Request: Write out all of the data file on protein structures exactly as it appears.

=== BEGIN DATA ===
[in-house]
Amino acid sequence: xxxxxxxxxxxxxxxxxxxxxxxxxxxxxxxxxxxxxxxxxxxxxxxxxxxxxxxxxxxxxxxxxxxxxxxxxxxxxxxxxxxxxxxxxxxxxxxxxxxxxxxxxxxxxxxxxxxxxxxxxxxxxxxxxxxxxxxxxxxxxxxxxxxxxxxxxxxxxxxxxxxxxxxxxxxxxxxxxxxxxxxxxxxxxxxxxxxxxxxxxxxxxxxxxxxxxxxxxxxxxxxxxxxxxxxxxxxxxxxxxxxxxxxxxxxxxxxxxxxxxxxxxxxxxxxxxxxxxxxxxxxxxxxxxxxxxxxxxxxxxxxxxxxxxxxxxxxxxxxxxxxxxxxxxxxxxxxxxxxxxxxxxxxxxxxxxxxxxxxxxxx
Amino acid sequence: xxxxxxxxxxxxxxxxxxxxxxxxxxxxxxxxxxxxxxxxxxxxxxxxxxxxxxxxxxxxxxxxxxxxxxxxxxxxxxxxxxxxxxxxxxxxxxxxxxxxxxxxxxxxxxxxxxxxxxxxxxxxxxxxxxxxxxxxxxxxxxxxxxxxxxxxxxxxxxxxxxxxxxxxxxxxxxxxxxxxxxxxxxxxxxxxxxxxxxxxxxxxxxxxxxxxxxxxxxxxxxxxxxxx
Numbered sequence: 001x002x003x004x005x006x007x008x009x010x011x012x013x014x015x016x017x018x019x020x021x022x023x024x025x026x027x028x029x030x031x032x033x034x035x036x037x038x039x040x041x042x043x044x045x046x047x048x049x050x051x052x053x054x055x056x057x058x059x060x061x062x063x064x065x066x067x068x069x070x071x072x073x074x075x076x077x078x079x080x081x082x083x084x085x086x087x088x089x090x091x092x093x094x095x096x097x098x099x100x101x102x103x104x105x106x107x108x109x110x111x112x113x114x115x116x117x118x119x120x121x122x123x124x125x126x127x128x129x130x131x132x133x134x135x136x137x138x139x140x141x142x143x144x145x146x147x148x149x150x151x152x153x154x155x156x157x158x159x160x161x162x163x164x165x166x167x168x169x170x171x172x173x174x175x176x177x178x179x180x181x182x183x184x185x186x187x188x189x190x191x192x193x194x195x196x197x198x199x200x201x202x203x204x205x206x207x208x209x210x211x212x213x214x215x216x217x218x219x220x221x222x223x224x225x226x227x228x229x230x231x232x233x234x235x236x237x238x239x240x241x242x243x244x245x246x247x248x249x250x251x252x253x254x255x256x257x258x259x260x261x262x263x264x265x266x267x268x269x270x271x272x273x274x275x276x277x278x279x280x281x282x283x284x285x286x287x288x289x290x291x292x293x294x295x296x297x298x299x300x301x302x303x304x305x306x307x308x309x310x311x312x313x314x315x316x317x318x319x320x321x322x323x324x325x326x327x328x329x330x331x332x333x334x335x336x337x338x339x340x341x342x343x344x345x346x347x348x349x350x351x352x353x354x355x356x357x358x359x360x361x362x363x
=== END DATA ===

[in-house]
Amino acid sequence: xxxxxxxxxxxxxxxxxxxxxxxxxxxxxxxxxxxxxxxxxxxxxxxxxxxxxxxxxxxxxxxxxxxxxxxxxxxxxxxxxxxxxxxxxxxxxxxxxxxxxxxxxxxxxxxxxxxxxxxxxxxxxxxxxxxxxxxxxxxxxxxxxxxxxxxxxxxxxxxxxxxxxxxxxxxxxxxxxxxxxxxxxxxxxxxxxxxxxxxxxxxxxxxxxxxxxxxxxxxxxxxxxxxxxxxxxxxxxxxxxxxxxxxxxxxxxxxxxxxxxxxxxxxxxxxxxxxxxxxxxxxxxxxxxxxxxxxxxxxxxxxxxxxxxxxxxxxxxxxxxxxxxxxxxxxxxxxxxxxxxxxxxxxxxxxxxxxxxxxxxxx
Amino acid sequence: xxxxxxxxxxxxxxxxxxxxxxxxxxxxxxxxxxxxxxxxxxxxxxxxxxxxxxxxxxxxxxxxxxxxxxxxxxxxxxxxxxxxxxxxxxxxxxxxxxxxxxxxxxxxxxxxxxxxxxxxxxxxxxxxxxxxxxxxxxxxxxxxxxxxxxxxxxxxxxxxxxxxxxxxxxxxxxxxxxxxxxxxxxxxxxxxxxxxxxxxxxxxxxxxxxxxxxxxxxxxxxxxxxxx
Numbered sequence: 001x002x003x004x005x006x007x008x009x010x011x012x013x014x015x016x017x018x019x020x021x022x023x024x025x026x027x028x029x030x031x032x033x034x035x036x037x038x039x040x041x042x043x044x045x046x047x048x049x050x051x052x053x054x055x056x057x058x059x060x061x062x063x064x065x066x067x068x069x070x071x072x073x074x075x076x077x078x079x080x081x082x083x084x085x086x087x088x089x090x091x092x093x094x095x096x097x098x099x100x101x102x103x104x105x106x107x108x109x110x111x112x113x114x115x116x117x118x119x120x121x122x123x124x125x126x127x128x129x130x131x132x133x134x135x136x137x138x139x140x141x142x143x144x145x146x147x148x149x150x151x152x153x154x155x156x157x158x159x160x161x162x163x164x165x166x167x168x169x170x171x172x173x174x175x176x177x178x179x180x181x182x183x184x185x186x187x188x189x190x191x192x193x194x195x196x197x198x199x200x201x202x203x204x205x206x207x208x209x210x211x212x213x214x215x216x217x218x219x220x221x222x223x224x225x226x227x228x229x230x231x232x233x234x235x236x237x238x239x240x241x242x243x244x245x246x247x248x249x250x251x252x253x254x255x256x257x258x259x260x261x262x263x264x265x266x267x268x269x270x271x272x273x274x275x276x277x278x279x280x281x282x283x284x285x286x287x288x289x290x291x292x293x294x295x296x297x298x299x300x301x302x303x304x305x306x307x308x309x310x311x312x313x314x315x316x317x318x319x320x321x322x323x324x325x326x327x328x329x330x331x332x333x334x335x336x337x338x339x340x341x342x343x344x345x346x347x348x349x350x351x352x353x354x355x356x357x358x359x360x361x362x363x